Small but stable poultry and egg production in Ivory Coast

Up to 60% of the local poultry sector in the Ivory Coast is attributed to backyard production. Photo: Sincerely Media
Up to 60% of the local poultry sector in the Ivory Coast is attributed to backyard production. Photo: Sincerely Media

While broiler production in the Ivory Coast has enjoyed an average annual growth of 13.8% since 2009, production figures have seen a downward spiral in recent years. The government, however, has plans to boost the poultry meat and egg sectors.

Up to 60% of the local poultry sector in the Ivory Coast is attributed to backyard production, and while there exists there are commercial producers and some large-scale commercial farmers, most production units are either small (50-1,000 birds) or medium-sized farms (1,000-10,000 birds). Commercial production, however, is growing with the increasing demand for poultry products.

Over the last 3 years, the sector has been battling like others worldwide against avian influenza outbreaks, and more recently, Covid-19 and the war in Ukraine have also dramatically impacted production due to increased freight costs for production inputs.

Local broiler production

Domestic broiler production is spread across approximately 1,500 broiler farms. In 2021, production is estimated at 46,795 mt, down 11% from 2020. Local farmers have also experienced lower corn harvests due to increasing input costs (mostly fertilizer) which have dramatically impacted corn production, which industry sources estimate has decreased by 30% over the last 3 years, which in turn has reduced the amount available for poultry feed. The price of imported corn has also increased.

Layer hens and egg production

Hens are housed across 700 layer farms in the Ivory Coast, and in 2021, egg production is estimated at 1.133 billion units. The country has 22 chick hatcheries, a third of which are believed to operate at a commercial level. The hatcheries produced 61 million day-old chicks in 2020. While the USDA forecasts this figure to drop to 54.9 million in 2022, it is expected the figure will reach a production capacity of 70 million day-old annually in 2023.

As the middle class increases, so will the demand for chicken

In 2022, poultry meat consumption is expected to remain stable at 2.65 kg per person. From 2010 to 2020, chicken meat consumption trended upward in Côte d’Ivoire alongside a decline in the price of meat for consumers. Total consumption of chicken meat was 23,000 mt in 2010, which is a consumption rate of 1.1 kg per person. Broiler meat prices rose 28% in 2021, mostly due to the increase in the price of feed.

Despite the rise in chicken prices, the USDA expects an overall increase in demand for chicken meat in the coming years with poultry meat remaining one of the most competitive in terms of price. In addition, the middle class in the Ivory Coast is increasing, which will drive demand. The Ministry of Animal and Fisheries Resources oversees the poultry sector and aims to increase meat consumption to 6.2kg by 2030.

Demand for eggs will be greater than supply

Post estimates that egg consumption will also grow soon for the same reason stated above. Egg consumption in the Ivory Coast increased 67% over the past 12 years, reaching 52 eggs per person per year in 2020. In the next 5 years, it is expected that demand for both eggs and chicken will outstrip the current supply with an expected egg consumption rate of 86 eggs per person in 2025. The Ministry of Animal and Fisheries Resources aims to increase egg consumption to 100 units by 2030.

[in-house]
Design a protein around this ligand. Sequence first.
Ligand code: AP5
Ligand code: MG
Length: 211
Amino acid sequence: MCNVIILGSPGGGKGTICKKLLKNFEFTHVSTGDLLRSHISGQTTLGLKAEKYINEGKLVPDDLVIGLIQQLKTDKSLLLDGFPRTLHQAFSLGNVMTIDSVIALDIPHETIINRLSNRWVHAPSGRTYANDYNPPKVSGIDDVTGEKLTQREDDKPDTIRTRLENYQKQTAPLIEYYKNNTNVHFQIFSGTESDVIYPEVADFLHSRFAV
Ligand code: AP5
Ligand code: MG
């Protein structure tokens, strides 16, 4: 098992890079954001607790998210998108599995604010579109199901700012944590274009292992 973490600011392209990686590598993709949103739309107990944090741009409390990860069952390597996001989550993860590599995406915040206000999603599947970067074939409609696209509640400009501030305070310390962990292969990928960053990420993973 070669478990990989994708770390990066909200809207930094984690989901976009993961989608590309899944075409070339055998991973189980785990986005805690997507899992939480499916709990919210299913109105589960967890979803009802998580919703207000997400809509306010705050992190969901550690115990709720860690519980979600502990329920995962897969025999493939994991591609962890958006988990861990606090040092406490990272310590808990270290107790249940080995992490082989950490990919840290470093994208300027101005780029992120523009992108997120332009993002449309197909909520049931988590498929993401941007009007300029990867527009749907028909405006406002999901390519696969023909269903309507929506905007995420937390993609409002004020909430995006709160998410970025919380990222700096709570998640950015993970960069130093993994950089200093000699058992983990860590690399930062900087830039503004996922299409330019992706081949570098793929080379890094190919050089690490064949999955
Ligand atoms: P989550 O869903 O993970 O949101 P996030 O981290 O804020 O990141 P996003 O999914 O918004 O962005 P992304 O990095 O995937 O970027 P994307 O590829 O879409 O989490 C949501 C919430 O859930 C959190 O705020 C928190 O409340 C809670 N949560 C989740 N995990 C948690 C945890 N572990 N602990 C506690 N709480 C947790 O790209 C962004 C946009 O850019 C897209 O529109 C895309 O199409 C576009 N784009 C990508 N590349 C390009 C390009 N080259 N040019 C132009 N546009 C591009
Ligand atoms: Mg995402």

Poultry feed in the Ivory Coast

Poultry feed in Côte d’Ivoire generally includes a mix of corn, soybean, cotton seed cake, palm oil cake, wheat bran, fish, and various other components. Soybean (17 mt in 2021) and wheat are currently imported, mainly from Argentina and Brazil, while corn, the main ingredient in poultry feed and a prominent ingredient in local diets, is grown locally with an average annual production of 600,000 mt. The average yield for local corn is 1 tonne/ha. This is lower than many other producing countries due to a lack of mechanisation, fertiliser, and training gaps among farmers. Additional corn is imported, mostly imported from South American countries. The cost on imported corn has increased about 30% since the pandemic, while domestic corn prices increased by 150% over the last 2 years.

Local supply sufficient

Côte d’Ivoire’s 2022 chicken meat imports are forecast at 985 mt, nearly a 21% decrease from the 1,211 mt imported in 2021. The country does not import much chicken meat, since local supply provides almost all local demand. Poultry meat is imported mainly from Poland, France, the Netherlands, Spain, and Germany. The country exported just 215 mt of poultry products in 2021 to neighbouring countries, mostly Burkina Faso.

Marketing of poultry and eggs

While large-scale farmers usually sell their products to wholesalers, hotels, and supermarkets, small and medium scale farmers usually sell their birds to wet market sellers, often live or after being slaughtered and prepared by service providers at the market. Broilers are sold at an average price of US$2.07/kg and layers at US$2.57/kg from farmers to market sellers, who then add their margin. Layers are more expensive due to their highly preferred taste for local dishes. During periods of high demand, such as Easter and Christmas, the price can nearly double. The retail price for broilers is US$2.51/kg and for layers US$3.22/kg.

Eggs are usually sold in a tray of 24 and have an average price of US$3.05 when bought from the farm and US$4.02 when purchased at a grocery store. Like broiler and layers, they see the price increase during festivals and holidays when demand jumps.

The information in this article has been extracted from a recent USDA FAS report.

Natalie Kinsley Freelance journalist